Roger Ebert's Journal-
April 8, 2011- "The upper 1 percent of Americans are now taking in nearly a quarter of the nation's income every year. In terms of wealth rather than income, the top 1 percent control 40 percent.
"Their lot in life has improved considerably. Twenty-five years ago, the corresponding figures were 12 percent and 33 percent."
So I discover in a piece by Joseph E. Stiglitz in the new issue of Vanity Fair. These facts confirm my impression that greed is now seen as a virtue in America. I'm not surprised by the greed of the One-Percenters. I'm mystified by the lack of indignation from so many of the rest of us.
Day after day I read stories that make me angry. Wanton consumption is glorified. Corruption is rewarded. Ordinary people see their real income dropping, their houses sold out from under them, their pensions plundered, their unions legislated against, their health care still under attack. Yes, people in Wisconsin and Ohio have risen up to protest these realities, but why has there not been more outrage?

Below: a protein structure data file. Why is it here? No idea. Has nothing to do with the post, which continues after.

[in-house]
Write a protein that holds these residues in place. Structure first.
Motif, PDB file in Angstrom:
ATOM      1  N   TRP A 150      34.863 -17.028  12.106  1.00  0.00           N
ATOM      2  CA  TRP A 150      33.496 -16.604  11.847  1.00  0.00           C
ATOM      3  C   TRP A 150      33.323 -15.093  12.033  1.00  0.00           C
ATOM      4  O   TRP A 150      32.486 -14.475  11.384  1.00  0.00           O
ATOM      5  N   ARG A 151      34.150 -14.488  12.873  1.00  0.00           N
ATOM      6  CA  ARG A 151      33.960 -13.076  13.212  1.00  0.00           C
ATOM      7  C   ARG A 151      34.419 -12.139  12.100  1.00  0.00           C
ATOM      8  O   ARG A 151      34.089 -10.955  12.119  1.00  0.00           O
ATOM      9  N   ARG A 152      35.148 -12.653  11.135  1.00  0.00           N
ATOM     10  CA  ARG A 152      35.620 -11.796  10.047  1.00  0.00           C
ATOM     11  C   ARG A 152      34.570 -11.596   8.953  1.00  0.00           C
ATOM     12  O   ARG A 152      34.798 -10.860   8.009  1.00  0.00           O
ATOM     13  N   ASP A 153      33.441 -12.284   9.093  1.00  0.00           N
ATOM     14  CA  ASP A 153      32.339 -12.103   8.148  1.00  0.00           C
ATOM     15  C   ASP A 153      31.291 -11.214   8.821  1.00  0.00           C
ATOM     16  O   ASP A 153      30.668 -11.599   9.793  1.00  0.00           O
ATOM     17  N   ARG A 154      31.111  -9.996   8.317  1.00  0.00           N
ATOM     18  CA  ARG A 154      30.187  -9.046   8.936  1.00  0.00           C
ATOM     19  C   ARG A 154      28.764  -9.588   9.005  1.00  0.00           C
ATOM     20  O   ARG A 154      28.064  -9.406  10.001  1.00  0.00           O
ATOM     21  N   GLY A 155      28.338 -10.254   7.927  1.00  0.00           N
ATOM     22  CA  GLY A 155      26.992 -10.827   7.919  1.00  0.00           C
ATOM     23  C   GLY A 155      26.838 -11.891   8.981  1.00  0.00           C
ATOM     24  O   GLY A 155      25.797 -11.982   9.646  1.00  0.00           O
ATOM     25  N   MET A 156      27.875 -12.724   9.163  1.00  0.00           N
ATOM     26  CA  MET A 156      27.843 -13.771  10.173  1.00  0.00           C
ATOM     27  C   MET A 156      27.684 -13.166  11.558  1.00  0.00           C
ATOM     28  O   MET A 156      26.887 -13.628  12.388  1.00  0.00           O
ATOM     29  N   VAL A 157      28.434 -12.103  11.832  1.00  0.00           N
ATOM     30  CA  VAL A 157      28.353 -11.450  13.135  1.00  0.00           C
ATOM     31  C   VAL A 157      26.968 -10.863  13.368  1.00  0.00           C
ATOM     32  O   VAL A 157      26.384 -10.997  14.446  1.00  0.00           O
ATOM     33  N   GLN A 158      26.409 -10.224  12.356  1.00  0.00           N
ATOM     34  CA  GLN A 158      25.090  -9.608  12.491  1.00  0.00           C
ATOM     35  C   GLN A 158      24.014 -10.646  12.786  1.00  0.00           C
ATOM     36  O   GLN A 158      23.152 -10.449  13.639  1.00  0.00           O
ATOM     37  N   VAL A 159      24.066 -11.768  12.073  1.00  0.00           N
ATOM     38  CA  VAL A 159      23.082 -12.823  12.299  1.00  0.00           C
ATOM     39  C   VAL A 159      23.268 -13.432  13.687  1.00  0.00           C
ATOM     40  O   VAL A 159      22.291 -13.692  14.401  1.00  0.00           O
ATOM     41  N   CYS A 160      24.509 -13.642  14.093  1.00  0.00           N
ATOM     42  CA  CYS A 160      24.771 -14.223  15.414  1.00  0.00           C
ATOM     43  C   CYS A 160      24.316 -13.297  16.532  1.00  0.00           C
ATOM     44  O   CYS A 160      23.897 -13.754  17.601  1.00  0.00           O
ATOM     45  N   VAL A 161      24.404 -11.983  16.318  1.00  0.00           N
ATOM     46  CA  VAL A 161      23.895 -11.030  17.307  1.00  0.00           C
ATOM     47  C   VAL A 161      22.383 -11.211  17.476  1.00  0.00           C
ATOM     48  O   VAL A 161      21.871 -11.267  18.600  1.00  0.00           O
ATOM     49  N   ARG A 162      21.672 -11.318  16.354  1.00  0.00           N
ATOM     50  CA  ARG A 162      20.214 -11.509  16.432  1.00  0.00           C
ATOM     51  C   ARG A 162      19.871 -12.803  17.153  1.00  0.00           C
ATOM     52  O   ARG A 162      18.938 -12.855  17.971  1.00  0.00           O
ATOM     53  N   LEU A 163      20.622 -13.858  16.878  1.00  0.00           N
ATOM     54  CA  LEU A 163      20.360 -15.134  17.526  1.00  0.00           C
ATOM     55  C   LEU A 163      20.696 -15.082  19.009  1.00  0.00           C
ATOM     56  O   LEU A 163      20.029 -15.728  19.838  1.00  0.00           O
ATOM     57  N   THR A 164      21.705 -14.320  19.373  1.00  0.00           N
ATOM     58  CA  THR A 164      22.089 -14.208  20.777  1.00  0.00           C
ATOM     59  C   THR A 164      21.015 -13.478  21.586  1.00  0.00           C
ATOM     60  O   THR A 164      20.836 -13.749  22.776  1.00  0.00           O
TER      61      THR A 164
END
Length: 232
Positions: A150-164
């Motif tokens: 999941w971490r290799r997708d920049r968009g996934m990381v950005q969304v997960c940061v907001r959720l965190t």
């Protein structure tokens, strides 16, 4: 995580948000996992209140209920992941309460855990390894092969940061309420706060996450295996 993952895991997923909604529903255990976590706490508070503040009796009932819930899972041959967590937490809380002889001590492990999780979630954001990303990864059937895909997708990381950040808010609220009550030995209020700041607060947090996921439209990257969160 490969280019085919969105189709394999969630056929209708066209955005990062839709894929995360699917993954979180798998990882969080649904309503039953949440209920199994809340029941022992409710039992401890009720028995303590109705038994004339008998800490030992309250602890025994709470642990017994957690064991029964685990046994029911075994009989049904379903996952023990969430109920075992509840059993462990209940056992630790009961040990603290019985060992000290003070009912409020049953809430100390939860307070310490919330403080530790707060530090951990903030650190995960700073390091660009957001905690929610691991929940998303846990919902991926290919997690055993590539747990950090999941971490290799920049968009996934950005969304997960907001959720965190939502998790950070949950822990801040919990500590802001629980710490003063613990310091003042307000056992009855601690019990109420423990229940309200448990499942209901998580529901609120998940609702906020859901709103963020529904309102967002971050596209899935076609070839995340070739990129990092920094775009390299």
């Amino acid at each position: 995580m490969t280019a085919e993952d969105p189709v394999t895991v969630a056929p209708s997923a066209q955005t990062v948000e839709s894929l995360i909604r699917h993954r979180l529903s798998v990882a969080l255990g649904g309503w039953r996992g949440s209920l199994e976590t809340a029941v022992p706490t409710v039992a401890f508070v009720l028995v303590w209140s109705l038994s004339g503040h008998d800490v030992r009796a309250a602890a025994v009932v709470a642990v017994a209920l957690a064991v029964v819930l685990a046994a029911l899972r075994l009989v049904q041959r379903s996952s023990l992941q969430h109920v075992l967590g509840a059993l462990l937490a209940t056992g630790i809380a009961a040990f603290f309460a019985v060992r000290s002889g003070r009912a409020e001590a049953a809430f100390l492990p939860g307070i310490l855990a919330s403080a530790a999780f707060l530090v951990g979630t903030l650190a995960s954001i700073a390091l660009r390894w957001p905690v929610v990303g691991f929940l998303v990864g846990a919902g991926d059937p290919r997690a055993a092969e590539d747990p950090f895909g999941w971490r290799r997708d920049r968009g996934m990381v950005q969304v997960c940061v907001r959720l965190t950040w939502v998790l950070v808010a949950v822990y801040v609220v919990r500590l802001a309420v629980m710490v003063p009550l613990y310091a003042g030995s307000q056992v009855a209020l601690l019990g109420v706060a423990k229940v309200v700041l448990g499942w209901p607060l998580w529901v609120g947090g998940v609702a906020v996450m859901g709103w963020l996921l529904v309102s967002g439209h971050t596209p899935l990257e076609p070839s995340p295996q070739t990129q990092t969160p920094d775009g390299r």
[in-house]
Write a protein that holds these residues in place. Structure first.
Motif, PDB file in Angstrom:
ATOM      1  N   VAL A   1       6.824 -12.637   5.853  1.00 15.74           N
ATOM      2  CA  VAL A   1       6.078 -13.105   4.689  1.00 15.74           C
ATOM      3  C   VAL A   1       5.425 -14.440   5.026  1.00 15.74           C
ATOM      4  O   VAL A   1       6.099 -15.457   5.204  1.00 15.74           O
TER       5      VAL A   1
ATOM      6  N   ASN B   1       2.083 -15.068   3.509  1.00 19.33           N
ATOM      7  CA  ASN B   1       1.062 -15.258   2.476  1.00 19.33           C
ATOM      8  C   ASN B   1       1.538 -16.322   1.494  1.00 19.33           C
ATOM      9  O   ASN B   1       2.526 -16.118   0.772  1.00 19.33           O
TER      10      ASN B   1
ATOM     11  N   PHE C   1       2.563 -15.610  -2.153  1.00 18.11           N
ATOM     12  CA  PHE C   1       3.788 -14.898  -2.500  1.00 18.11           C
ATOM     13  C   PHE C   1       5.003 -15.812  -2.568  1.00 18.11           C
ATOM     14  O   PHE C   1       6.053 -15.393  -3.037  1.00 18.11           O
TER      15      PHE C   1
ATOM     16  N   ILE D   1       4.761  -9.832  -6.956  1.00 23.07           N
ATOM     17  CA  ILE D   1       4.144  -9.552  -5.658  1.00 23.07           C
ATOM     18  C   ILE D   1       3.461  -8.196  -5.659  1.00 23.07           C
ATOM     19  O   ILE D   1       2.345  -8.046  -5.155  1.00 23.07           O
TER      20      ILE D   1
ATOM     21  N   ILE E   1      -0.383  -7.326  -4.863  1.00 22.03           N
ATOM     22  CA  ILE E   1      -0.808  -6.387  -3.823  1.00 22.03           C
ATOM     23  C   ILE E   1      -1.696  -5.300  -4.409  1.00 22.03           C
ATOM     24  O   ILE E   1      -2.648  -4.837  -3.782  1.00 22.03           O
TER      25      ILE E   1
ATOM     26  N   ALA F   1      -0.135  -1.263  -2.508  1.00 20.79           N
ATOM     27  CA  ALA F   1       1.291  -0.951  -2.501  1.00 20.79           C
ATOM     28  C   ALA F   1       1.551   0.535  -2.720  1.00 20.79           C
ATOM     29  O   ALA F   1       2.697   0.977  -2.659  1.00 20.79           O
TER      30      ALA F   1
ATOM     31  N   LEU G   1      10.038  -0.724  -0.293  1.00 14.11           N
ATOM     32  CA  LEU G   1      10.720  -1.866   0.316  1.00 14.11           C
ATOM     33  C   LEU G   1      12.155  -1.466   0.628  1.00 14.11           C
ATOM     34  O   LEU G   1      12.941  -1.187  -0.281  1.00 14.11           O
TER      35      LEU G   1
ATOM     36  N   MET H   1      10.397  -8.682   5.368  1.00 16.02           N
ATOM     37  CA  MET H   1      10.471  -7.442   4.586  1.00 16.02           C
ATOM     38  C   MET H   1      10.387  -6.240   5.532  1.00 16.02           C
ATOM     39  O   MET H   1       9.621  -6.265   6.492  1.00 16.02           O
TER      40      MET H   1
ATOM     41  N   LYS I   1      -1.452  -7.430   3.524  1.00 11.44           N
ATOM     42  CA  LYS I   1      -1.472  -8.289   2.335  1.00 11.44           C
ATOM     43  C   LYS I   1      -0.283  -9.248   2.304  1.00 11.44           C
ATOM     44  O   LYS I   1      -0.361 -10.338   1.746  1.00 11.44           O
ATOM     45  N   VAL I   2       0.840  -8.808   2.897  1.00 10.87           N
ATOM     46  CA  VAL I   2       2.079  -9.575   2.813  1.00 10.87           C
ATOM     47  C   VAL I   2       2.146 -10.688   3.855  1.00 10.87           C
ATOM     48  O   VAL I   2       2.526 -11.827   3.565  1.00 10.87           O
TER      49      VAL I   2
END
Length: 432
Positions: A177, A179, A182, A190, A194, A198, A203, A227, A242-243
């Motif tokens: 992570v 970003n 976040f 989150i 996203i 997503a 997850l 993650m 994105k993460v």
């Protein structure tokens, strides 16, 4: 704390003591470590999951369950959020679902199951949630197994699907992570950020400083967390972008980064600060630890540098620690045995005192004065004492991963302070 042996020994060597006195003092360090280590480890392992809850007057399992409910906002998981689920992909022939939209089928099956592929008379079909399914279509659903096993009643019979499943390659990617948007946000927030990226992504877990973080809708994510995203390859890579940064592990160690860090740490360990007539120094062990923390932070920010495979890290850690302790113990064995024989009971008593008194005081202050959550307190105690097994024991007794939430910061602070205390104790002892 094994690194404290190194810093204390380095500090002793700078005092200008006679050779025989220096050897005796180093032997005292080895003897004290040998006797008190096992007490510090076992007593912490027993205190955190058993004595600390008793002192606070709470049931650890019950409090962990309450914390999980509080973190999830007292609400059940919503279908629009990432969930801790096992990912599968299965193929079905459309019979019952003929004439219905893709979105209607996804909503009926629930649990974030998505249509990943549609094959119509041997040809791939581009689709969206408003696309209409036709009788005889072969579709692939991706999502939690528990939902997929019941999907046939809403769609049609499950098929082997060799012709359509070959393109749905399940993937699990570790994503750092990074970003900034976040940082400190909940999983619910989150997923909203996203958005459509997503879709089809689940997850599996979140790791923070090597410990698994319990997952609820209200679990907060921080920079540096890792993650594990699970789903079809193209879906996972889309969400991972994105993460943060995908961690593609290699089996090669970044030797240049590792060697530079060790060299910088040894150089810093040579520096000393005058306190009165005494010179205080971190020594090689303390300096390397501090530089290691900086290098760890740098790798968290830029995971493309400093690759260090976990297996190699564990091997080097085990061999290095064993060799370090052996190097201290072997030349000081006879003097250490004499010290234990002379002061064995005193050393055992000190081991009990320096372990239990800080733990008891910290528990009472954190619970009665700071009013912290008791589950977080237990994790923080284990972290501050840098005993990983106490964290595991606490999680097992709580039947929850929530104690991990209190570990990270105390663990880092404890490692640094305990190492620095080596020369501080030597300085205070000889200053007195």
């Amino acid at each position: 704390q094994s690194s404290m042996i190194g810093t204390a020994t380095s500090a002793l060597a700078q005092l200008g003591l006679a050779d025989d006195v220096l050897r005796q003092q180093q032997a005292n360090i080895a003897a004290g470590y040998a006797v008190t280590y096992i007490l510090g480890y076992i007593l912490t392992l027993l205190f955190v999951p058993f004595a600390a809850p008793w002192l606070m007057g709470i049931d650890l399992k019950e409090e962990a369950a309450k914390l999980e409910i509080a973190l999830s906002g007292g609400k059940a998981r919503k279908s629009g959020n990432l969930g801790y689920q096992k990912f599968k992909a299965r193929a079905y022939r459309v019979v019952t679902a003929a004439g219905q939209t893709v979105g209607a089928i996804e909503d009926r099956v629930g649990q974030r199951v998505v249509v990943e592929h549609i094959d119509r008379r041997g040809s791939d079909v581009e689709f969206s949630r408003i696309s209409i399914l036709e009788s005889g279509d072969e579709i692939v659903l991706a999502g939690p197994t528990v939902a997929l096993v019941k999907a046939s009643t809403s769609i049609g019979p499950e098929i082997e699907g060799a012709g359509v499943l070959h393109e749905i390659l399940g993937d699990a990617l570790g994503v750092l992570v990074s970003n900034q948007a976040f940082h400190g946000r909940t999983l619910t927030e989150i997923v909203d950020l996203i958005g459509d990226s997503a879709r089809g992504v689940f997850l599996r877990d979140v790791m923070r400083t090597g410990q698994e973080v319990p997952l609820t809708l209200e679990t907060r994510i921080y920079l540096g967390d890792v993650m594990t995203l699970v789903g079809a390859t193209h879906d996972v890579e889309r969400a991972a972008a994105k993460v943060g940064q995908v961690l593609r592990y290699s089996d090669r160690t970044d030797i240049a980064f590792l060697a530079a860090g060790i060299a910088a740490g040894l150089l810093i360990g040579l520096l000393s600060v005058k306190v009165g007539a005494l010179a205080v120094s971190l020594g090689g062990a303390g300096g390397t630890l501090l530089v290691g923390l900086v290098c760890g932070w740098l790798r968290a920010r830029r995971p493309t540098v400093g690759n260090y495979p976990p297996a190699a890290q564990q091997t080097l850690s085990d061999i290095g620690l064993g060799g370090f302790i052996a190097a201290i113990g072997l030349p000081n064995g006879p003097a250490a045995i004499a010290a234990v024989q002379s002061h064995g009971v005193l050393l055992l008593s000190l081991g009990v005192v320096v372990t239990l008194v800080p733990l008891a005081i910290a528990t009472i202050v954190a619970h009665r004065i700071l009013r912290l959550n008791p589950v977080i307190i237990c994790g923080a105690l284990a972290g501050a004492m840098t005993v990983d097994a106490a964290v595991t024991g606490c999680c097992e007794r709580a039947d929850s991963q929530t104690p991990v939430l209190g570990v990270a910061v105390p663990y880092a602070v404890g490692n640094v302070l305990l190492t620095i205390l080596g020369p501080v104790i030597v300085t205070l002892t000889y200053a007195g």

The most visible centers of these crimes against the population are Wall Street and the financial industry in general. Although there are still many honest bankers, some seem to regard banking and trading as a license to steal. Outrageous acts are committed and go unpunished. Consider this case of money laundering by Wachovia Bank, now part of Wells Fargo. This Guardian article reports: "The authorities uncovered billions of dollars in wire transfers, traveler's checks and cash shipments through Mexican exchanges into Wachovia accounts."
The bank paid fines of less than 2% of its $12.2 billion profit in 2009. No individual was ever charged with a crime. We need not doubt that Wachovia executives received bonuses over the period of time when they were overseeing these illegal activities. Permit me to quote one more paragraph:
"More shocking, and more important, the bank was sanctioned for failing to apply the proper anti-laundering strictures to the transfer of $378.4 billion — a sum equivalent to one-third of Mexico's gross national product — into dollar accounts from so-called casas de cambio (CDCs) in Mexico, currency exchange houses with which the bank did business."
If a third of the Mexican GNP passes through your bank and you don't ask the questions required by law, you are either (1) a criminal, or (2) incompetent. I can't think of another possibility.
Stories like this have become commonplace. Two of the most common types of news stories about banks recently have involved their losses, and the size of their executive bonuses. Bloomberg News reports: "JPMorgan Chase & Co. gave Chief Executive Officer Jamie Dimon a 51 percent raise in 2010 as the bank resumed paying cash bonuses following two years of pressure from regulators and lawmakers to curb compensation."